Remember the media panic from the summer of 2006 about lonely and isolated Americans? The publication of a sociological study had unleashed a cascade of headlines such as:
- "Americans' circle of friends is shrinking, new study shows" (from Science Daily)
In the study (by McPherson, Smith-Lovin, and Brashears), a representative sample of Americans from 1985 and 2004 answered the question, "Looking back over the last six months - who are the people with whom you discussed matters important to you?"
The results seemed to show that Americans had become much more isolated over those two decades. In 2004, nearly 25% said they discussed important matters with no one, compared to 10% in 1985. The average number of people named in answer to that question dropped, too. In 1985, it was about 3 people; by 2004, it was just 2. That's a decrease of about one-third - by sociological standards, a huge change over a relatively short historical period.
Sociological skeptics spoke out, but garnered little media attention. Claude Fischer reported that within the same surveys, answers to other questions did not seem to paint a picture of increasingly isolated Americans. For example, when asked how often they spend a social evening with neighbors, relatives, or friends beyond the neighborhood, the answers changed hardly at all from 1985 to 2004. The same was true for answers to the question, "How many close friends would you say you have?" The number did not shrink over time.
Now, a new study also suggests that Americans are not becoming more socially isolated. In fact, as of 2007, we have more friends than we did in 2002. I'm not just talking about faux friends or Facebook "you're a friend if I say you are" friends. Here's the precise question a national sample of Americans answered in 2002 and 2007:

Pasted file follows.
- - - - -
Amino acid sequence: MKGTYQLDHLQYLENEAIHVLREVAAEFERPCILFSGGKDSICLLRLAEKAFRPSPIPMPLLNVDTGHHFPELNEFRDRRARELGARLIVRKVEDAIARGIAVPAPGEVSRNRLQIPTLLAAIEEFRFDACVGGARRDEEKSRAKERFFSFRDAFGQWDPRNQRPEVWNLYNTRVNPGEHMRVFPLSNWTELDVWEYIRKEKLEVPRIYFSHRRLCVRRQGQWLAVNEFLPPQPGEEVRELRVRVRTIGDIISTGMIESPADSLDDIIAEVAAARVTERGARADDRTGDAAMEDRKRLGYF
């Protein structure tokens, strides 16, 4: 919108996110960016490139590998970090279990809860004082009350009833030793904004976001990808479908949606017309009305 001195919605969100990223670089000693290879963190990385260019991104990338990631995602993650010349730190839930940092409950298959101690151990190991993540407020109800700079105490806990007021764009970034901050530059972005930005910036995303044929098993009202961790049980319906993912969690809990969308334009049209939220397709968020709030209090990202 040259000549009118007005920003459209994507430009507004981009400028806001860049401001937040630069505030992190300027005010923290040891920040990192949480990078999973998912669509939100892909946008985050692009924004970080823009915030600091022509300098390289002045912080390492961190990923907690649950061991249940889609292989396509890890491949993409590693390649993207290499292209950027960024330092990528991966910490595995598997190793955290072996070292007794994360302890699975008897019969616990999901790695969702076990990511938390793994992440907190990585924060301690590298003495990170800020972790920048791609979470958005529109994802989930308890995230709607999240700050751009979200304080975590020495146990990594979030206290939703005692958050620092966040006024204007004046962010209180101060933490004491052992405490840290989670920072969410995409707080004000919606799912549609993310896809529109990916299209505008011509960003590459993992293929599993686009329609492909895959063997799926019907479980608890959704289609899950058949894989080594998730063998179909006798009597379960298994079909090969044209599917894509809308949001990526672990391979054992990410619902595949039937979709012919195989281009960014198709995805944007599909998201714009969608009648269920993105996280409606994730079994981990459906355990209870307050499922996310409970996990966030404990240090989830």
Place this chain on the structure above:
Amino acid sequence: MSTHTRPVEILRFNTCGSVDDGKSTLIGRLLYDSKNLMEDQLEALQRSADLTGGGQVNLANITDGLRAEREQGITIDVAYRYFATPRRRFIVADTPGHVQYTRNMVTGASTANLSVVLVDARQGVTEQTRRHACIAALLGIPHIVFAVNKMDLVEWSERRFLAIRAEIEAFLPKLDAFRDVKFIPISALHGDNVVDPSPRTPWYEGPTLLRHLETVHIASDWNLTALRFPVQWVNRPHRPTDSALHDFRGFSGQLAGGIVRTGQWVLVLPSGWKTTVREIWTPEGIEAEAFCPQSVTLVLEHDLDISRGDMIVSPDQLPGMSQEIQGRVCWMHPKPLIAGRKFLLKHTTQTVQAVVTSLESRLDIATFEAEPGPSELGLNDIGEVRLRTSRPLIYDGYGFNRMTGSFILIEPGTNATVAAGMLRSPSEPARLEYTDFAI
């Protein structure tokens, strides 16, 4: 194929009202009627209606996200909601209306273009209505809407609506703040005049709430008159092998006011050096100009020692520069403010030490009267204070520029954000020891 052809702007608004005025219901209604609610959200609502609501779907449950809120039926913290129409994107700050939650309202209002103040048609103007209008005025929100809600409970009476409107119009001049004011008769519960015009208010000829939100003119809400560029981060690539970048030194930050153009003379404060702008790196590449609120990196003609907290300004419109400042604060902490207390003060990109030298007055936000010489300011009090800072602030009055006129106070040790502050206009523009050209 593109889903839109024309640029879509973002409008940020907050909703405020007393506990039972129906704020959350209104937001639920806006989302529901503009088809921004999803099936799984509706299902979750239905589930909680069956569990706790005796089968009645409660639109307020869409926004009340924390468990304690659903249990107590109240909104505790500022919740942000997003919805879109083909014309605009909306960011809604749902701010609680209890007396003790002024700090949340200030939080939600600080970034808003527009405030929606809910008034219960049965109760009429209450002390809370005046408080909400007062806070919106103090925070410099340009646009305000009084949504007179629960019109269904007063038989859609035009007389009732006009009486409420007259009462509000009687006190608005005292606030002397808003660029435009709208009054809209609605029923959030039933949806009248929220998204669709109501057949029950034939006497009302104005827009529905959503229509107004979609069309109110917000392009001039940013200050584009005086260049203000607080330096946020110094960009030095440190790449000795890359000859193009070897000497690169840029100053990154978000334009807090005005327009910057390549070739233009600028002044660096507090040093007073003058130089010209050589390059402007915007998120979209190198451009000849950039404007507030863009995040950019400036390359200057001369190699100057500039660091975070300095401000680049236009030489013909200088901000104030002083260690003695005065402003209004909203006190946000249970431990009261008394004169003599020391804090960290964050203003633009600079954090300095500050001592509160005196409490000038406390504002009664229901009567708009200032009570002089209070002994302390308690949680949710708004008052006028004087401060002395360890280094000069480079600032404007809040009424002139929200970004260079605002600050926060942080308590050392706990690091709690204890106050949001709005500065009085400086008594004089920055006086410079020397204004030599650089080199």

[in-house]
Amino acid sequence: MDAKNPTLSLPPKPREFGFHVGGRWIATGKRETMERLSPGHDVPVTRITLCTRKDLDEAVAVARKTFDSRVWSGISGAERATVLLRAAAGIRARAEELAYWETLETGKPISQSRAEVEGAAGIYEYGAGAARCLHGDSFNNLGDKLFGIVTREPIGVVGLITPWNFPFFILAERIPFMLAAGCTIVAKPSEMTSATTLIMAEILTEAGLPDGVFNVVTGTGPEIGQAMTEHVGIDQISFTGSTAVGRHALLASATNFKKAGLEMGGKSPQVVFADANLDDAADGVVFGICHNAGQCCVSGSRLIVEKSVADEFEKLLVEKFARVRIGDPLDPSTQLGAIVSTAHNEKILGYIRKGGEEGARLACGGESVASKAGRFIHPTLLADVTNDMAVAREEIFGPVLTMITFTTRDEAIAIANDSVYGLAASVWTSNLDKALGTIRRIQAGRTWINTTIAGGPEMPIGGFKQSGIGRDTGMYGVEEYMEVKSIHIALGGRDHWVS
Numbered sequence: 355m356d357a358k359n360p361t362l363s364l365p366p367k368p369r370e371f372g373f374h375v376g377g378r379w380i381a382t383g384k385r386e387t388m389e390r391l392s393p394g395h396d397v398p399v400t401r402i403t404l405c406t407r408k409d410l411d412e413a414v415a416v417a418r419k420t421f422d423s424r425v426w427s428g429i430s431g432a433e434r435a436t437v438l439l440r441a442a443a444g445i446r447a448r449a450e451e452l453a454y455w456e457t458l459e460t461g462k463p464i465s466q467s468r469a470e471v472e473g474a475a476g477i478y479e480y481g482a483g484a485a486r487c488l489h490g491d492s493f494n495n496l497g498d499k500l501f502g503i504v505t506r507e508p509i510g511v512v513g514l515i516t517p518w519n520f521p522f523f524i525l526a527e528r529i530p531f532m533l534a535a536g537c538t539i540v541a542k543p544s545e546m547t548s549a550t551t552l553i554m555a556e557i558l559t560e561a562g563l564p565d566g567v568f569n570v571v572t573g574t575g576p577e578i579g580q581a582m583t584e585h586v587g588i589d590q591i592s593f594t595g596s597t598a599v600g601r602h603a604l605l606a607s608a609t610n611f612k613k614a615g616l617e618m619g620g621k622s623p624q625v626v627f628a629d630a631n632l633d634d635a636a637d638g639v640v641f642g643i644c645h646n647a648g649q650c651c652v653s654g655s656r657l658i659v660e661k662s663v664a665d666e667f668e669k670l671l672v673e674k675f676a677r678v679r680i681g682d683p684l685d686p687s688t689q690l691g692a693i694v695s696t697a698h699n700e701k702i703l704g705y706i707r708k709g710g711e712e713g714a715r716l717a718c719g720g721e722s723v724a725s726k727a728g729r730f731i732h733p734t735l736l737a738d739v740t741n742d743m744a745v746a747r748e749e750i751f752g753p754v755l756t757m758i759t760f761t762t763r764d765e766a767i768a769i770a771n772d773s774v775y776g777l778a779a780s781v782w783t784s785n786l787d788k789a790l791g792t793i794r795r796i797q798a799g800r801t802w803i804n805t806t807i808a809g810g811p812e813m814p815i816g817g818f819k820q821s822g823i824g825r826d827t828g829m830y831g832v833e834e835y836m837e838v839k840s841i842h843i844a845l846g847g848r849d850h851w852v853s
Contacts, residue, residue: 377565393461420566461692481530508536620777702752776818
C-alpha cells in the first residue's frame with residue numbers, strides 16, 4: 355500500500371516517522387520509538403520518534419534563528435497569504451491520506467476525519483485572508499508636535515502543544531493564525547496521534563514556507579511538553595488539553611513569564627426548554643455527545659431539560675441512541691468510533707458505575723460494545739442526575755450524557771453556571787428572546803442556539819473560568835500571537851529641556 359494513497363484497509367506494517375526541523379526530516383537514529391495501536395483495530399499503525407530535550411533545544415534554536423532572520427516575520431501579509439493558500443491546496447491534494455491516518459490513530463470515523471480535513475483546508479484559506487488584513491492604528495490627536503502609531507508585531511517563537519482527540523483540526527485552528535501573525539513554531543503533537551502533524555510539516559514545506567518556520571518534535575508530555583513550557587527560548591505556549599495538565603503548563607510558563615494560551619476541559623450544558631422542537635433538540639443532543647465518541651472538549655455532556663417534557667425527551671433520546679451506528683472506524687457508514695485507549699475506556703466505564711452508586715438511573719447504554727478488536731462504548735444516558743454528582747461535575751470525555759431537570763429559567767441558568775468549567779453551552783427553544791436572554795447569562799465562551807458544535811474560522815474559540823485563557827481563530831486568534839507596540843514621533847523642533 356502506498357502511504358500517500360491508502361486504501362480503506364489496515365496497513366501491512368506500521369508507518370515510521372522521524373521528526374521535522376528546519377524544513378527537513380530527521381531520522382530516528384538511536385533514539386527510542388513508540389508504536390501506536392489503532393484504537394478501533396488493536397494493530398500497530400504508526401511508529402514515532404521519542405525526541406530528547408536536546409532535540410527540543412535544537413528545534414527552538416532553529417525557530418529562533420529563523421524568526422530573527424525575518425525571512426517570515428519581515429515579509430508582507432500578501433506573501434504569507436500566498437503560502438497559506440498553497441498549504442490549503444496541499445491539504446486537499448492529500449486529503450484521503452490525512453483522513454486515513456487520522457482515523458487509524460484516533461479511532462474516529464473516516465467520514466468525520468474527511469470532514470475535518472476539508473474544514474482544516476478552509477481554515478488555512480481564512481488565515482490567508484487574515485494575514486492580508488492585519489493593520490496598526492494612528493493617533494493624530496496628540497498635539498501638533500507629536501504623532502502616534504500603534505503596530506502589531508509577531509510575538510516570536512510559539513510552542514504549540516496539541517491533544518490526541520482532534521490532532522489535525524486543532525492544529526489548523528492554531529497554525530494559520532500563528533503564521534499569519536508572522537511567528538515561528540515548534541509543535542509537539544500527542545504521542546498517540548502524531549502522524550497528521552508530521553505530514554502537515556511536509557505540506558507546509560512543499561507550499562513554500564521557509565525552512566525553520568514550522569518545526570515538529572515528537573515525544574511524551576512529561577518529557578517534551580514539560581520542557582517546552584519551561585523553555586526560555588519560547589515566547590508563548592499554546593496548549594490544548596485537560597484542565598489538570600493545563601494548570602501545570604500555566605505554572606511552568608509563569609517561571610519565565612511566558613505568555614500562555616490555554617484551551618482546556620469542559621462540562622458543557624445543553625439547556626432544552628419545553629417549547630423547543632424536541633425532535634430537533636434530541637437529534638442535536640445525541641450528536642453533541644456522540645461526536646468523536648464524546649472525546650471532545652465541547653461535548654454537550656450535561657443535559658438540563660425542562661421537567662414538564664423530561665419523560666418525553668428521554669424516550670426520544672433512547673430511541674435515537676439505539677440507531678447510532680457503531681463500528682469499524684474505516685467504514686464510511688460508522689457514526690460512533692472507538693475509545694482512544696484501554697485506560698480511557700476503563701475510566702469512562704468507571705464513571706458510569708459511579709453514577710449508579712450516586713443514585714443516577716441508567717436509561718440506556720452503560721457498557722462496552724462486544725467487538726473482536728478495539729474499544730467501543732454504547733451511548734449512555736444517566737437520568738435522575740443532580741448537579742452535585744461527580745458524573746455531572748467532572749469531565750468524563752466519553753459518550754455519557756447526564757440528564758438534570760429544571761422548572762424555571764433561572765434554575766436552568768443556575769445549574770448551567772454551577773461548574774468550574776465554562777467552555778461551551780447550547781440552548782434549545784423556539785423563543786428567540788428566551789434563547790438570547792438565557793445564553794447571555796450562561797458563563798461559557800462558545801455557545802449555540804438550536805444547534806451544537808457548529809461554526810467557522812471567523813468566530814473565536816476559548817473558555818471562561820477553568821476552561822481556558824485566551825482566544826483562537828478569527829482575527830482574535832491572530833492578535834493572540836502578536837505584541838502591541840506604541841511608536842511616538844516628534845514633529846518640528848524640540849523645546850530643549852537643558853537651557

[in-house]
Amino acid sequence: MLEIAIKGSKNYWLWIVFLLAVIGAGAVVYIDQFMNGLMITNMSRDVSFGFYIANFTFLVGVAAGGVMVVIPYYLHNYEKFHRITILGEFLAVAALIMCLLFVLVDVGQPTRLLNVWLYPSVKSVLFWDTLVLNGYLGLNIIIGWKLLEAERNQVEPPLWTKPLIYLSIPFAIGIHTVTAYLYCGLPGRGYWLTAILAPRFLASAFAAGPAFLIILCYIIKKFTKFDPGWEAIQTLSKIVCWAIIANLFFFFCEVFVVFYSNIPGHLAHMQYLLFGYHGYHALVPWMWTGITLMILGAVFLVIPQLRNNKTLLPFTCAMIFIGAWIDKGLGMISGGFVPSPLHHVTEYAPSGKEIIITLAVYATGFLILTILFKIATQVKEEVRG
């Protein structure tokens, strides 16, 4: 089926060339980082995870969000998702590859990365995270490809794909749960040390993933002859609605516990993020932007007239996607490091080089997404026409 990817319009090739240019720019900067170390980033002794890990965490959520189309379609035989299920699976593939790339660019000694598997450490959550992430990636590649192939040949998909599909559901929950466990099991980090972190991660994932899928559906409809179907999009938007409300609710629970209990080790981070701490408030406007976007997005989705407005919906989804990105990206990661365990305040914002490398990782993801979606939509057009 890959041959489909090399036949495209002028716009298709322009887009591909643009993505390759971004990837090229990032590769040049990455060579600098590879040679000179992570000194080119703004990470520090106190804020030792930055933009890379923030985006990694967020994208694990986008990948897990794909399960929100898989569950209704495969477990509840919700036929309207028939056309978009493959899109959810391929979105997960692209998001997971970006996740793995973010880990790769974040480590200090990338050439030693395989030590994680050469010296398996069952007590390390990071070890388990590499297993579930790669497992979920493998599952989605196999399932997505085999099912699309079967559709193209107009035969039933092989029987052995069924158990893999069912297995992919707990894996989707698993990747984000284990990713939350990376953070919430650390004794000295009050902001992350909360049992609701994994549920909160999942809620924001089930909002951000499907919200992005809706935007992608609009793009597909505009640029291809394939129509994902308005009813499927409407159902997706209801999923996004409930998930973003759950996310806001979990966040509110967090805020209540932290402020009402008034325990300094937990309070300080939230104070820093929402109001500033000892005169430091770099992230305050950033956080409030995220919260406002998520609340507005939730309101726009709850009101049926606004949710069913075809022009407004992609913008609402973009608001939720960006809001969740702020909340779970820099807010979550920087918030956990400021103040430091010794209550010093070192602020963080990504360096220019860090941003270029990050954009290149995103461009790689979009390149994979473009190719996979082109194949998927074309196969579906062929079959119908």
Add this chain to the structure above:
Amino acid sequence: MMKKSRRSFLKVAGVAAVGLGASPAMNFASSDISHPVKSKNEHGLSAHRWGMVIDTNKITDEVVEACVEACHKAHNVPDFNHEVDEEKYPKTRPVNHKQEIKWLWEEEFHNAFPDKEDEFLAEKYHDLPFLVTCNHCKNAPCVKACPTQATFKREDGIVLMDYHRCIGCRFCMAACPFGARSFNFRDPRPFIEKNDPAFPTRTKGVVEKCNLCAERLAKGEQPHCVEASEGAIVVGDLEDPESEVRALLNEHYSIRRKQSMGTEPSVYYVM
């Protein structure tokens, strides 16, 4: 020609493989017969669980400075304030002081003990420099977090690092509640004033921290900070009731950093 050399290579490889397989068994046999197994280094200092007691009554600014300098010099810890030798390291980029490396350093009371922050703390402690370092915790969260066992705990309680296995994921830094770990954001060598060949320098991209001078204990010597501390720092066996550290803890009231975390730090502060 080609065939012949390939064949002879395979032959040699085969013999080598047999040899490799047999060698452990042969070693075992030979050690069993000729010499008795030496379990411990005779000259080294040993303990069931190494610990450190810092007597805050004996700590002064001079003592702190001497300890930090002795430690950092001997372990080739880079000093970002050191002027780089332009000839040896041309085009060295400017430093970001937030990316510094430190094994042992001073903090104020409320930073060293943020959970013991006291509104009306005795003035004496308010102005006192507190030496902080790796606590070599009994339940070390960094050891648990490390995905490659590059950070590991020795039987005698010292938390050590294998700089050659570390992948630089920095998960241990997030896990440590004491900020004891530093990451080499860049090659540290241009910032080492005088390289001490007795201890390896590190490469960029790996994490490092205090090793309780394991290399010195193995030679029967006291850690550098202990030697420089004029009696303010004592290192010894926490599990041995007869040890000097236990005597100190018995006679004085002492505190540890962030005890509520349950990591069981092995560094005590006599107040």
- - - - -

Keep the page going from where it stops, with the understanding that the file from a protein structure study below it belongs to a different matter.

"How many friends outside of your household do you have that you see or speak to at least once a week?"
Authors Hua Wang and Barry Wellman found that in both 2002 and 2007, only 5% of American adults said that they had no friends they saw or spoke to at least once a week. (Remember that McPherson reported that nearly 25% of Americans were isolated in 2004.) The friendship study authors also computed the median number of friends, and found that it was either 5 or 6. In their words:
"The average number of friends contacted face-to-face and by phone was substantial early in the decade, and it continued to be substantial. The number of friendships did not decline. Rather, it increased on average between 2002 and 2007 and increased the most for heavy Internet users."
Media panics about social isolation are nothing new. To quote Wang and Wellman again:
"Putnam (2000) looked back nostalgically from the 1990s to the 1960s and argued that Americans were 'bowling alone' because television watching was keeping people from community involvement. Likewise, in the 1960s, Stein (1960) and Nisbet looked back to the 1930s and mourned the decline of social connectivity. Yet in the 1930s, Wirth (1938) looked to preurban America and worried about the loss of social connectivity in transitory urban life."
Undoubtedly, many Americans are lonely, and their distress should not be dismissed or trivialized. But nor should the number of lonely people be overstated.
[A more detailed overview of this media panic can be found in this post at my Living Single blog at Psychology Today. A discussion of various reactions to that post can be found here at my new personal blog, Bella DePaulo's blog. Also on that blog is a guest post by Claude Fischer, "Inventing Friendship."]
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